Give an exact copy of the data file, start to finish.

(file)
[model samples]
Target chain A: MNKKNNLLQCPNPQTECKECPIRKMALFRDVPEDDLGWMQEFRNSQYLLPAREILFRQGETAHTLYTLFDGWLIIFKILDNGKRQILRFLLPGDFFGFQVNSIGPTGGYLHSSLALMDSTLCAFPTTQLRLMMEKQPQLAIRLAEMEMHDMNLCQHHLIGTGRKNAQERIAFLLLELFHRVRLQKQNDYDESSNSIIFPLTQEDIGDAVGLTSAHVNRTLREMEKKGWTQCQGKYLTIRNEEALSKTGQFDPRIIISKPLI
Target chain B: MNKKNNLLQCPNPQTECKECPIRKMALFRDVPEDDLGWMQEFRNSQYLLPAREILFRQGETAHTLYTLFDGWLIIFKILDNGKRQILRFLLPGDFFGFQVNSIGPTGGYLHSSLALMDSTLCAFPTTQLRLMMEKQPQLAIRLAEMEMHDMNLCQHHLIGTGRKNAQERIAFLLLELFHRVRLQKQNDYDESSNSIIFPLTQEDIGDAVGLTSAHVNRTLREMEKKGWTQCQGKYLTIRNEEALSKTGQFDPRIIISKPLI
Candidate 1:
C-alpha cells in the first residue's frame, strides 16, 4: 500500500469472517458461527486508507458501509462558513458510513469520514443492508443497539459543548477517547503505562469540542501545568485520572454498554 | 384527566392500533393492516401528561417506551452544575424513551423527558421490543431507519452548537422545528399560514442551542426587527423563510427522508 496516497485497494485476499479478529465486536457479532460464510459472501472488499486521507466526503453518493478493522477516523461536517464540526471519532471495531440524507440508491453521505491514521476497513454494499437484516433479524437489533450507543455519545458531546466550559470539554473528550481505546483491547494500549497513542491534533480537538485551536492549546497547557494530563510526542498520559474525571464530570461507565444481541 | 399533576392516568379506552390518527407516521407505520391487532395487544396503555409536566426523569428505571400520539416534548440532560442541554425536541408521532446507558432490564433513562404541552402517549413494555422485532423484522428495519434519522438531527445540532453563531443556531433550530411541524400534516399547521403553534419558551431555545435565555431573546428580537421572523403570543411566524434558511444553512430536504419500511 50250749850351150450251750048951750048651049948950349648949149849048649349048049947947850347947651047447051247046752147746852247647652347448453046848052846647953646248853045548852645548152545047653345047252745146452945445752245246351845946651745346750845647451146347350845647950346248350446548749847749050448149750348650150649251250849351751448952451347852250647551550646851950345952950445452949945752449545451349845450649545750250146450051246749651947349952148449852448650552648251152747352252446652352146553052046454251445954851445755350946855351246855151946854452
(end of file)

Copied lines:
[model samples]
Target chain A: MNKKNNLLQCPNPQTECKECPIRKMALFRDVPEDDLGWMQEFRNSQYLLPAREILFRQGETAHTLYTLFDGWLIIFKILDNGKRQILRFLLPGDFFGFQVNSIGPTGGYLHSSLALMDSTLCAFPTTQLRLMMEKQPQLAIRLAEMEMHDMNLCQHHLIGTGRKNAQERIAFLLLELFHRVRLQKQNDYDESSNSIIFPLTQEDIGDAVGLTSAHVNRTLREMEKKGWTQCQGKYLTIRNEEALSKTGQFDPRIIISKPLI
Target chain B: MNKKNNLLQCPNPQTECKECPIRKMALFRDVPEDDLGWMQEFRNSQYLLPAREILFRQGETAHTLYTLFDGWLIIFKILDNGKRQILRFLLPGDFFGFQVNSIGPTGGYLHSSLALMDSTLCAFPTTQLRLMMEKQPQLAIRLAEMEMHDMNLCQHHLIGTGRKNAQERIAFLLLELFHRVRLQKQNDYDESSNSIIFPLTQEDIGDAVGLTSAHVNRTLREMEKKGWTQCQGKYLTIRNEEALSKTGQFDPRIIISKPLI
Candidate 1:
C-alpha cells in the first residue's frame, strides 16, 4: 500500500469472517458461527486508507458501509462558513458510513469520514443492508443497539459543548477517547503505562469540542501545568485520572454498554 | 384527566392500533393492516401528561417506551452544575424513551423527558421490543431507519452548537422545528399560514442551542426587527423563510427522508 496516497485497494485476499479478529465486536457479532460464510459472501472488499486521507466526503453518493478493522477516523461536517464540526471519532471495531440524507440508491453521505491514521476497513454494499437484516433479524437489533450507543455519545458531546466550559470539554473528550481505546483491547494500549497513542491534533480537538485551536492549546497547557494530563510526542498520559474525571464530570461507565444481541 | 399533576392516568379506552390518527407516521407505520391487532395487544396503555409536566426523569428505571400520539416534548440532560442541554425536541408521532446507558432490564433513562404541552402517549413494555422485532423484522428495519434519522438531527445540532453563531443556531433550530411541524400534516399547521403553534419558551431555545435565555431573546428580537421572523403570543411566524434558511444553512430536504419500511 50250749850351150450251750048951750048651049948950349648949149849048649349048049947947850347947651047447051247046752147746852247647652347448453046848052846647953646248853045548852645548152545047653345047252745146452945445752245246351845946651745346750845647451146347350845647950346248350446548749847749050448149750348650150649251250849351751448952451347852250647551550646851950345952950445452949945752449545451349845450649545750250146450051246749651947349952148449852448650552648251152747352252446652352146553052046454251445954851445755350946855351246855151946854452